Trade rumors have swirled around Francisco Lindor all winter, as the Indians’ moves to limit their payroll over the last 15 months have led to widespread speculation that Lindor will be dealt before he reaches free agency following the 2021 season. Edwin Encarnacion’s three-year, $60MM deal from the 2016-17 offseason still stands as the largest contract in Indians franchise history, and since Lindor could certainly command four times that amount as a free agent, there has been a lot of doubt that he will remain in Cleveland over the long-term.
Speaking to reporters (including MLB.com’s Mandy Bell and the Cleveland Plain Dealer’s Paul Hoynes) at the TribeFest fan event today, Lindor said the Indians “haven’t offered me the right thing” in regards to a multi-year extension. Such a contract doesn’t seem to be a pressing concern for Lindor at the moment, as he is in “no rush” to pursue an extension since he is still two years away from the open market:
“Is there a right number for me right now? I haven’t really thought about it. I’m not there yet. I’m going to worry about what I got in front of my toes. A lot of money sounds pretty right now. Everything sounds pretty. A lot of years sound pretty, too. At the end of the day, it’s about what’s best for me, my family, and also the Indians’ organization.”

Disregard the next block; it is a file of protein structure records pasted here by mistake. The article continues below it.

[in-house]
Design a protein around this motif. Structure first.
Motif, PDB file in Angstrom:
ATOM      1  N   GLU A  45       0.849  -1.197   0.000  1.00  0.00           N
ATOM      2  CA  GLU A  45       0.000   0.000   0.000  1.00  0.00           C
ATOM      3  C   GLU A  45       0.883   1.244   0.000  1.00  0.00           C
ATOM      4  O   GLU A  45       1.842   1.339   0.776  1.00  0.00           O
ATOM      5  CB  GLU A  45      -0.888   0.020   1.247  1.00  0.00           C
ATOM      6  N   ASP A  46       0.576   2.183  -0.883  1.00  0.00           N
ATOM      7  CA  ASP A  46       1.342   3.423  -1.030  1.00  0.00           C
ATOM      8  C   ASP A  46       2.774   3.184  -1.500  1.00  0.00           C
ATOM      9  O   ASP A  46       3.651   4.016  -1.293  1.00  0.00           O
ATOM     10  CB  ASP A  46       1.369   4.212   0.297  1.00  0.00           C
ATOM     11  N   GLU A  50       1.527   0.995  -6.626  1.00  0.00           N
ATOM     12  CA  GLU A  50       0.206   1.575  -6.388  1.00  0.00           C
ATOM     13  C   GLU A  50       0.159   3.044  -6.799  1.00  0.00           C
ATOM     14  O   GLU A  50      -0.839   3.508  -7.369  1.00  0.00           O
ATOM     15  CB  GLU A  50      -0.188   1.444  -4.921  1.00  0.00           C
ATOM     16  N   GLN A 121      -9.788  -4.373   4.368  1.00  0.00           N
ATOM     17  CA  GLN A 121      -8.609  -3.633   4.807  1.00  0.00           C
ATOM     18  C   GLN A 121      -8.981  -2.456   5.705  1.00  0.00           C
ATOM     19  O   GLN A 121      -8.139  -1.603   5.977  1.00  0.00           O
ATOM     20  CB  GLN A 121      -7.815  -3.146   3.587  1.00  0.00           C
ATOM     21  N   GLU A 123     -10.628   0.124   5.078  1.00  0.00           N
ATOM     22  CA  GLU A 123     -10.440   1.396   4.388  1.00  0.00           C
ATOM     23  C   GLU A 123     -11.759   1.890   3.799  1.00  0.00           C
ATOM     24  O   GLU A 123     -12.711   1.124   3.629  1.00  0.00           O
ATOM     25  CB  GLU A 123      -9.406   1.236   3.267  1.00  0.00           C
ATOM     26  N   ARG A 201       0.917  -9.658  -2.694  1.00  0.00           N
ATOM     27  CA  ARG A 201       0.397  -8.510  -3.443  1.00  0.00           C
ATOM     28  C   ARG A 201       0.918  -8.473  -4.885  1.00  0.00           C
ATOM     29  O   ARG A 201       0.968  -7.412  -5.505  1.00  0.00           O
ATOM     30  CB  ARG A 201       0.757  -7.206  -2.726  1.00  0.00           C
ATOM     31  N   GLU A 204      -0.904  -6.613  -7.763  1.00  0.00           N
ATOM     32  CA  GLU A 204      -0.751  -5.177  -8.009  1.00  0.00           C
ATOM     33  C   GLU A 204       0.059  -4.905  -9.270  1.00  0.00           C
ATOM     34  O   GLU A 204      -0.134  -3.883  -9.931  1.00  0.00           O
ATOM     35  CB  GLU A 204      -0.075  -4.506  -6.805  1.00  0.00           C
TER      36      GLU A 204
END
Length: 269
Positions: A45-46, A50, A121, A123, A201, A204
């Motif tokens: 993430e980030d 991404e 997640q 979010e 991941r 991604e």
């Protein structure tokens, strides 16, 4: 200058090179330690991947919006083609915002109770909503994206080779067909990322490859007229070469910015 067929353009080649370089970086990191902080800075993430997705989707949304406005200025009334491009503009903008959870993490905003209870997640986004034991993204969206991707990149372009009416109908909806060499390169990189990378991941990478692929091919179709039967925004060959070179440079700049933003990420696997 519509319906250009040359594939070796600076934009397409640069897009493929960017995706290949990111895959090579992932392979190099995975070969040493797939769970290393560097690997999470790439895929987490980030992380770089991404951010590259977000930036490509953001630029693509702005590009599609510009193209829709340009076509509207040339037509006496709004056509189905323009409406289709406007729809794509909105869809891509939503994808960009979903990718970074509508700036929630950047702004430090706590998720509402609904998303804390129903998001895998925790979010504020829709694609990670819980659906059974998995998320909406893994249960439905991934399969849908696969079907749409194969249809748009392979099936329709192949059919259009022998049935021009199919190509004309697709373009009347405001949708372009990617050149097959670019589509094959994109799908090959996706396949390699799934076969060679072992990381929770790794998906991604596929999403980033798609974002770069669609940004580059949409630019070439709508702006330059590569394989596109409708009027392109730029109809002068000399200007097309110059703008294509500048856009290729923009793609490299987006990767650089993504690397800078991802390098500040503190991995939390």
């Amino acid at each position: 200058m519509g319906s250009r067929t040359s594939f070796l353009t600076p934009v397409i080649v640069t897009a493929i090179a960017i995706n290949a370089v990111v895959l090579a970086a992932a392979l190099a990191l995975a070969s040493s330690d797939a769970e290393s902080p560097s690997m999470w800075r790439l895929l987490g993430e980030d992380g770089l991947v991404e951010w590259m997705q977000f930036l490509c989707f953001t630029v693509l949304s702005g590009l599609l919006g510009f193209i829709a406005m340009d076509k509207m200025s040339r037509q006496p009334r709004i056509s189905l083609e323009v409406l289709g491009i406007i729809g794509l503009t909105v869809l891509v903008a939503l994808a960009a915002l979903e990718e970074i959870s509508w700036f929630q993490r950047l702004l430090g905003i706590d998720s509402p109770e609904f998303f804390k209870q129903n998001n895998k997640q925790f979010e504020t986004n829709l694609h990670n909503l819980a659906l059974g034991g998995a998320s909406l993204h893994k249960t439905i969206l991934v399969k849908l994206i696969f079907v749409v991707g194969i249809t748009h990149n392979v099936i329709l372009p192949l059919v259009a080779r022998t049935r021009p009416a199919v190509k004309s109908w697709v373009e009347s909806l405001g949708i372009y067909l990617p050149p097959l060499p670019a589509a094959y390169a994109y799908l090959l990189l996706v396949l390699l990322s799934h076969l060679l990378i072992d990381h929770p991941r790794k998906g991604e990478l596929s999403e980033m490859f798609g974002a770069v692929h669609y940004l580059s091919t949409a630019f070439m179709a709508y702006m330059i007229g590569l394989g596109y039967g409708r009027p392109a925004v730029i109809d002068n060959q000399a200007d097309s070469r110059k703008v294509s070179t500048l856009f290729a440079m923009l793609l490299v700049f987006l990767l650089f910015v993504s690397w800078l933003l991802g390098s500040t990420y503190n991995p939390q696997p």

“If they don’t think I can stay here because of the money situation, then I won’t be here. But I do want to be in Cleveland. I love the Indians, I love their fans. The city has grown on me a lot. When it is the right time to sign an extension? I don’t know when it’s the right time. God has a plan for me and my family and I truly believe in it. What’s going to happen is going to happen.”
In regards to the Tribe’s “money situation,” Lindor downplayed the idea that the club wasn’t able to afford him, pointing out “there’s money out there. Our payroll was $120MM last year. That’s money.” That said, Lindor also acknowledged the team’s perspective on how payroll should be allocated: “The question is, is it the right time for each team…when are they going to spend the money?….Is it the right time for the Indians? I don’t know.”
To this end, Lindor seemingly implied that while he enjoys playing for the Indians, he isn’t pleased with being part of a club that one eye on the budget rather than a sole focus on being competitive. “Wherever I go, I want to win,” Lindor said. “I want to bring a championship to the city of Cleveland….It has nothing to do with the money. It has nothing to do with the years. It has nothing to do with who I like or who I don’t like. It has to do with championships. The front office tries to put a team together to win, not to save money. They’re supposed to try to put a team together to win. I’m here to try to win.”
The Reds, Dodgers, Blue Jays, Padres, and Mets have all reportedly had interest in trading for Lindor this winter, though Indians president of baseball operations Chris Antonetti and manager Terry Francona have both stated that their team isn’t looking to deal the shortstop. While a Lindor swap might not happen this offseason, the possibility can’t be ruled out for the trade deadline if the Indians aren’t in contention. Of course, Cleveland traded Trevor Bauer last July even while still in contention, though the Indians had the pitching depth to make a Bauer deal more palatable, whereas there isn’t any way for the team to so easily replace Lindor’s usual All-Star level of production.